Tour of Turkey victor Natnael Berhane says that it would be a dream come true if he were to become the first Eritrean cyclist to ride the Tour de France in 2015 with his new team MTN-Qhubeka. The South African-based team are looking to become the first African registered team to make it to the Grand Boucle and Berhane hopes to be one of the luck nine selected if they earn a wildcard.
"I have been dreaming about that. I hope that I will be able to be part of the team and that I can be in good shape," Berhane told Cyclingnews. "This year I wasn't able to but next year it is a big goal for me to ride the Tour de France.
"It is quite hard to think about finishing well as a GC rider but I want to improve and I want to be able to do something like get in the breakaway or maybe win a stage. I hope next year that my dream will come true."
Along with the Tour de France, Berhane is also targeting success at Paris-Nice and the Eritrean National Championships, where he hopes to defend his time trial title, and a return to the Tour of Turkey.
Berhane turned professional with Europcar in 2013 and immediately began to show signs of potential with a stage win and second place overall at the Tour of Turkey – he would later be awarded the victory when Mustafa Sayar was banned for using EPO. He went on to become the first African winner of the Gabon race La Tropical Amissa Bong, beating Luis Leon Sanchez by a single second.
The 23-year-old made his Grand Tour debut at the Vuelta a España as one of three Eritreans in the race – Daniel Teklehaimanot and Merhawi Kudus competed for MTN-Qhubeka. It didn't go as well as he had hoped after he fell ill during the race and he eventually completed the three weeks over four and a half hours behind the winner Contador.
Berhane hopes that the success of he and his compatriots will mean more professional teams in the future. "Maybe we can also have a professional team like MTN-Qhubeka," he said. "For African riders it is very important for MTN-Qhubeka to ride in the WorldTour races and maybe sometime we can have another African professional team. If we can get a lot of African riders then we can do that. I hope I will see it soon."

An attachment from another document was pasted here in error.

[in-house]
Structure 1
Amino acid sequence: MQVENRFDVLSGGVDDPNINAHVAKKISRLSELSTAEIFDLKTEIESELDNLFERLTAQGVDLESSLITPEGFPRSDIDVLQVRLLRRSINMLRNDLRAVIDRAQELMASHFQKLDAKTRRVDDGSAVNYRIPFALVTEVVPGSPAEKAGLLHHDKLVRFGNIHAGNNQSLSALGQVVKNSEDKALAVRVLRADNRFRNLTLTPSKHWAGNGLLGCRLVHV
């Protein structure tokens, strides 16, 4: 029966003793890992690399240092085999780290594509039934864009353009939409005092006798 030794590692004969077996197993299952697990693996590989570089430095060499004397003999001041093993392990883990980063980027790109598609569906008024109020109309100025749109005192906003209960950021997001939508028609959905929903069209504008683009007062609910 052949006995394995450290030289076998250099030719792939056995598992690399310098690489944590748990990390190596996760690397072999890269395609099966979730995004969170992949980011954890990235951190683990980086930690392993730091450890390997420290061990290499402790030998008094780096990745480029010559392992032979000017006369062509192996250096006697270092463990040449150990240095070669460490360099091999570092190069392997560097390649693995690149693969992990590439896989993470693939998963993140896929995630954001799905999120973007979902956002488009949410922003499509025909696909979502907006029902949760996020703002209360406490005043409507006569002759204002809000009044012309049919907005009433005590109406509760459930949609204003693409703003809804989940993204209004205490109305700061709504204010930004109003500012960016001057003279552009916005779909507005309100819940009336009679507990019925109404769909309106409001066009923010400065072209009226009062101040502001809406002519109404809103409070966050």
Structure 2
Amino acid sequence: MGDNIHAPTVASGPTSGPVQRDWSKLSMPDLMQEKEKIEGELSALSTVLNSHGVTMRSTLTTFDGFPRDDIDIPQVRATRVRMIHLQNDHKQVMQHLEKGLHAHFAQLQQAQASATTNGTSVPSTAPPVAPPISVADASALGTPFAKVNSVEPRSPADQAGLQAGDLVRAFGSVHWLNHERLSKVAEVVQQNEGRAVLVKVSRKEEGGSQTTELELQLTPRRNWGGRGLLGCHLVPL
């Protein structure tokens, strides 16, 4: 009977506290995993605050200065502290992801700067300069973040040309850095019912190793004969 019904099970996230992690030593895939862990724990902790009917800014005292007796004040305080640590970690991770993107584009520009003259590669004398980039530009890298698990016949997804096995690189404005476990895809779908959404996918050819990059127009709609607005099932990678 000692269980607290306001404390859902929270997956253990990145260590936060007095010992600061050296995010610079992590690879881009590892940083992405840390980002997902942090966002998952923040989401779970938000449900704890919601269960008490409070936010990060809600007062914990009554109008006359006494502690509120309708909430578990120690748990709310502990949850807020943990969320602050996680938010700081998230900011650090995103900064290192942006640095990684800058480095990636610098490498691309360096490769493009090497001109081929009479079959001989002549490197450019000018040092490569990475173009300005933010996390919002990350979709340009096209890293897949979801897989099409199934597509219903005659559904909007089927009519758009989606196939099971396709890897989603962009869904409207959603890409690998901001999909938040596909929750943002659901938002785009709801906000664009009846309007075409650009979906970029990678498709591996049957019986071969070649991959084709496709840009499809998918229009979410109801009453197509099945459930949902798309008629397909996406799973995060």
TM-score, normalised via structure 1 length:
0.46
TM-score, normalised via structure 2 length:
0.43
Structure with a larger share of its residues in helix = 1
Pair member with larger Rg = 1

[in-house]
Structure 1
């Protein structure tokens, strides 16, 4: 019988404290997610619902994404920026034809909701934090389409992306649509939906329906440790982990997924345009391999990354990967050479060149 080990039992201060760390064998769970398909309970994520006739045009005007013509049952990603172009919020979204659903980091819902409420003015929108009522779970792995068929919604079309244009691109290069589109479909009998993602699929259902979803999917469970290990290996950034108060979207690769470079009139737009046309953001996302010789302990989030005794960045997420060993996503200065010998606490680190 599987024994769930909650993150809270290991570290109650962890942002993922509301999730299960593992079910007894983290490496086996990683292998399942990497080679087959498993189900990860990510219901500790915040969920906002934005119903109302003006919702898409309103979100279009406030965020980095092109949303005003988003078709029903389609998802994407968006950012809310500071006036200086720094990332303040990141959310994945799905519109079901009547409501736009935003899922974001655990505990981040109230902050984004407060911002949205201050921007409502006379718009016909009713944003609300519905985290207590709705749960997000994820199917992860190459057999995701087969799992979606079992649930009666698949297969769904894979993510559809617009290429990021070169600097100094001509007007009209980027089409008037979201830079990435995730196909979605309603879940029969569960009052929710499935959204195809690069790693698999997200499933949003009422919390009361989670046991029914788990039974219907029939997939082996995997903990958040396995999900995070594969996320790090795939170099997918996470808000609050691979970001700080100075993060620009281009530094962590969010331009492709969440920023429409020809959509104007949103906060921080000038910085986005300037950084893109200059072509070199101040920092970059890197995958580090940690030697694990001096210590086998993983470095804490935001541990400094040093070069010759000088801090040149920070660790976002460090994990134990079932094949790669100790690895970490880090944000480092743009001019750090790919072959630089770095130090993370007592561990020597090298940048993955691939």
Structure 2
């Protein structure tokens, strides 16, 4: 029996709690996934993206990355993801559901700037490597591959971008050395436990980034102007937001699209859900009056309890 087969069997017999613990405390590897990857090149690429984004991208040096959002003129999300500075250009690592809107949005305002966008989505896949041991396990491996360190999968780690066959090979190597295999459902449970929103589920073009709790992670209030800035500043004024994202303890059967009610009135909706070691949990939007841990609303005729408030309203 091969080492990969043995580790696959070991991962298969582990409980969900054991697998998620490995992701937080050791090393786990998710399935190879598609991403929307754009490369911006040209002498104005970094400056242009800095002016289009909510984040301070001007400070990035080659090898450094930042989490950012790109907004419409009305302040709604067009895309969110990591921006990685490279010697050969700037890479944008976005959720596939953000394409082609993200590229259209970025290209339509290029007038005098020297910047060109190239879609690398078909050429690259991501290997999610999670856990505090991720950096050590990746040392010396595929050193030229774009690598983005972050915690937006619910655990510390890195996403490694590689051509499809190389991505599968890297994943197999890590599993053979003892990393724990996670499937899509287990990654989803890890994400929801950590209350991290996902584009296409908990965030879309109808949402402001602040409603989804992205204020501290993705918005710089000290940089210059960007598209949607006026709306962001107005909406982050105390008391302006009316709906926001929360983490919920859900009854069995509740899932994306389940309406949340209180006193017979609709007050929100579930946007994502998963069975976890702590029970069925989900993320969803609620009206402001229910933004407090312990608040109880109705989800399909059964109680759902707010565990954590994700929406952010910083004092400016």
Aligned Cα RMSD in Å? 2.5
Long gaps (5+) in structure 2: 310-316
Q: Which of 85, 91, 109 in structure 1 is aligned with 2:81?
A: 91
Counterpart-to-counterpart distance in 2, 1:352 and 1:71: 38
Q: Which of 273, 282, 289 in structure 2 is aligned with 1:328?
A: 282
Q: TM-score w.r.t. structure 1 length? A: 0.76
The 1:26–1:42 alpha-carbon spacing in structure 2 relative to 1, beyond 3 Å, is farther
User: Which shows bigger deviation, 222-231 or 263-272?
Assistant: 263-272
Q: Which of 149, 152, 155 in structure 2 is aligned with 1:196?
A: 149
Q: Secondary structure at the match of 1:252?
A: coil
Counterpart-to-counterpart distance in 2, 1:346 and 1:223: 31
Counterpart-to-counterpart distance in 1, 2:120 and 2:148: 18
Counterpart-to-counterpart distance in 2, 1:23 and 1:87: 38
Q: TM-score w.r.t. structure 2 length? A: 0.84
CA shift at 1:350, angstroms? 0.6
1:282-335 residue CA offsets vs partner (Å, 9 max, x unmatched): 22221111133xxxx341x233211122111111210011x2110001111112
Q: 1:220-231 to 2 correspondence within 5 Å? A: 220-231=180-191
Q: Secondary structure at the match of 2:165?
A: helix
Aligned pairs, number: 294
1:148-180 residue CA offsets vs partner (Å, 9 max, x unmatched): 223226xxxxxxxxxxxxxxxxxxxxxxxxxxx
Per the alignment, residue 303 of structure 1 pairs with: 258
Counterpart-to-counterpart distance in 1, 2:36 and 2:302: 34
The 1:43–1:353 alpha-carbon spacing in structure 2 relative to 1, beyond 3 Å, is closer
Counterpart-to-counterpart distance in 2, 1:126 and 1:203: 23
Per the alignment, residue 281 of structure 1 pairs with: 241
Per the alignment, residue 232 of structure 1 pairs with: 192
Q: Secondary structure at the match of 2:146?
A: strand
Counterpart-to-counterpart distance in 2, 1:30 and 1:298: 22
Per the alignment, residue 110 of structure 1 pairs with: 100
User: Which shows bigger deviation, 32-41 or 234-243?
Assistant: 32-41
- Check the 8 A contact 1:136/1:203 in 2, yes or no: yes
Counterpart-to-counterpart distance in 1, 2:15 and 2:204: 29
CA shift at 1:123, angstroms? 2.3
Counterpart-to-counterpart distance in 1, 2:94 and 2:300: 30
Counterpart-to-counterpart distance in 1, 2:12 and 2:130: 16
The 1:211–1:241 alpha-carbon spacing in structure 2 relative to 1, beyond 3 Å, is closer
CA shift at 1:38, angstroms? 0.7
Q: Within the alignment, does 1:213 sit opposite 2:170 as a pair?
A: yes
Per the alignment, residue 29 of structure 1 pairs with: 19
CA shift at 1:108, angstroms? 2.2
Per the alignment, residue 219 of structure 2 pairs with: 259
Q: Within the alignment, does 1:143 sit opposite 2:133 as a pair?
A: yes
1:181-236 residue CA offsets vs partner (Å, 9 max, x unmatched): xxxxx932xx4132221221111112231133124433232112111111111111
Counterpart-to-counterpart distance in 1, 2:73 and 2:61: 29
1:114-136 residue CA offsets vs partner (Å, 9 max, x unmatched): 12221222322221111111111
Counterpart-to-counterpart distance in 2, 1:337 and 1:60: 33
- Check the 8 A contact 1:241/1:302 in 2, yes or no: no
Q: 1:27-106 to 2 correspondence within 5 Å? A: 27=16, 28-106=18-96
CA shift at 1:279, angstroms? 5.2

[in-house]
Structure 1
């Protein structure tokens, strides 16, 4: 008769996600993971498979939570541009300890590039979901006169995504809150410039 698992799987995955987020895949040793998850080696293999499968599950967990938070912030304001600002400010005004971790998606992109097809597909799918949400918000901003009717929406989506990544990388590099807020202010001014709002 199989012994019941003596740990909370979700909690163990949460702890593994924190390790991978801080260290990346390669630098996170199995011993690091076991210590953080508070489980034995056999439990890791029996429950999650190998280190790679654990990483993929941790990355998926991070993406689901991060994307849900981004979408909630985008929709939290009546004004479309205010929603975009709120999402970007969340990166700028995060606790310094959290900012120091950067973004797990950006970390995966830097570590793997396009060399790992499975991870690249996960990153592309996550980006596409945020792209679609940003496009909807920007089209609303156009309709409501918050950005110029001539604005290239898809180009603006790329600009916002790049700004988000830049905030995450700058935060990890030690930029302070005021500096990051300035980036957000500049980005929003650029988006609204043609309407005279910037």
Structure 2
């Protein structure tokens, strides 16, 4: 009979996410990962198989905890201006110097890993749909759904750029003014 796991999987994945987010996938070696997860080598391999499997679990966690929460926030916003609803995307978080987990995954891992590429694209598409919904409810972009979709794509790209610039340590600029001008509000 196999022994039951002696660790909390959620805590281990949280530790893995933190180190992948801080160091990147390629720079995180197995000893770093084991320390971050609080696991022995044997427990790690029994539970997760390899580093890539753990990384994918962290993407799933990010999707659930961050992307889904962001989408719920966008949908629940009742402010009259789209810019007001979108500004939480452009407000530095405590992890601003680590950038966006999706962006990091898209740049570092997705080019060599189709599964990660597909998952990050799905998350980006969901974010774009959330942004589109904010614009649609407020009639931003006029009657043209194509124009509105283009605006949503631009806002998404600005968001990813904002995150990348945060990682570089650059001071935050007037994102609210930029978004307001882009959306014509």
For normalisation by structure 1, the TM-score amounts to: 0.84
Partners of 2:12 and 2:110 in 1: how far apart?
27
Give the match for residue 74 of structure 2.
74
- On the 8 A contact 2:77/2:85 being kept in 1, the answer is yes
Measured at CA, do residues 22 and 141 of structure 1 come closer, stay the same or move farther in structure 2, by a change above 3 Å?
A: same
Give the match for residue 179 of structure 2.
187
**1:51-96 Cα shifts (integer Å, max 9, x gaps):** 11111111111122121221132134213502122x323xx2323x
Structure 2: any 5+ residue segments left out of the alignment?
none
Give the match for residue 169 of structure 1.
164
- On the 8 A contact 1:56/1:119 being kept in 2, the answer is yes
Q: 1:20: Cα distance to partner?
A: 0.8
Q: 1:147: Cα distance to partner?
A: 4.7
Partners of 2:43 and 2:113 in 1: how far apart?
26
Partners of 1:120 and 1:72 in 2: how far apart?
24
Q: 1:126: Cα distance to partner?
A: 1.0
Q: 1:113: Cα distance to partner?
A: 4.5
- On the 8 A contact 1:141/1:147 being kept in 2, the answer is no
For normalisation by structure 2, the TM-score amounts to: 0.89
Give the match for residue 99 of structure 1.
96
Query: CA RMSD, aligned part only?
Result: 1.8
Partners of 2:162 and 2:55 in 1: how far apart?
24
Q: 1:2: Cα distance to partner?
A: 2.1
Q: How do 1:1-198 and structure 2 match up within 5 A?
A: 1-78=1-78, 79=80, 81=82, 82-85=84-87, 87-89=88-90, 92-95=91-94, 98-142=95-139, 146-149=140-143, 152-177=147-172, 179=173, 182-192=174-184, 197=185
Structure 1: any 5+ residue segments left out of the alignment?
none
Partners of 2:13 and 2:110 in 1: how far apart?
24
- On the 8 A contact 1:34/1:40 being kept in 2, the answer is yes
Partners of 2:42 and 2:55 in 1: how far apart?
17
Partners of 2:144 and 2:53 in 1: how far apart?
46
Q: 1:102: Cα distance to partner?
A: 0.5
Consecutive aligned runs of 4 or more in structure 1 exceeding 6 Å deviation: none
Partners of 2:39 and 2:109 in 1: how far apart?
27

Berhane did have something to take his mind off things when MTN-Qhubeka boss Douglas Ryder approached him about a potential move to his team. The 23-year-old snapped at the opportunity and the deal was officially announced at the beginning of October. Berhane describes the move as like 'coming home' but says his two years spent at Europcar will prove invaluable as he targets some big goals in 2015. "I am so happy, I can't tell you," he says.
"I feel very comfortable because they deal with a lot of African riders. So for me it is very nice to be with this team," continued Berhane. "I enjoyed my time at Europcar. I did a lot of WorldTour races and I think that over the next few seasons that experience will help me."
The last two seasons haven’t been plain sailing for Berhane who, like many of his fellow African riders, has struggled with visa problems that has made racing in Europe a difficult task. Prior to his performance at the Tour of Turkey, Berhane risked being sent home until the race organisers came in to save the say. With more than half of their roster coming from the African continent, MTN-Qhubeka are well versed in negotiating the pitfalls of visa applications, another reason to make the move.
Berhane is a quietly spoken and a man of few words but when asked about the problems he endured he had plenty to say. He recalled one particular incident from the beginning of this season. "When I arrived in Langkawi this year, I had to stay in immigration for 24 hours and they told me that I should go to Singapore or something but eventually the organiser came to get me after 24 hours and took me to the hotel. I'm going to race, not for a holiday," he laughed wryly.
"For months I had problems. The team would tell me that I was going to a race but I couldn't get a visa and so I stopped racing. They have a lot of problems with African riders. I hope that in a few years things will change but there are a lot of visa problems."
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Born in Ireland to a cycling family and later moved to the Isle of Man, so there was no surprise when I got into the sport. Studied sports journalism at university before going on to do a Masters in sports broadcast. After university I spent three months interning at Eurosport, where I covered the Tour de France. In 2012 I started at Procycling Magazine, before becoming the deputy editor of Procycling Week. I then joined Cyclingnews, in December 2013.
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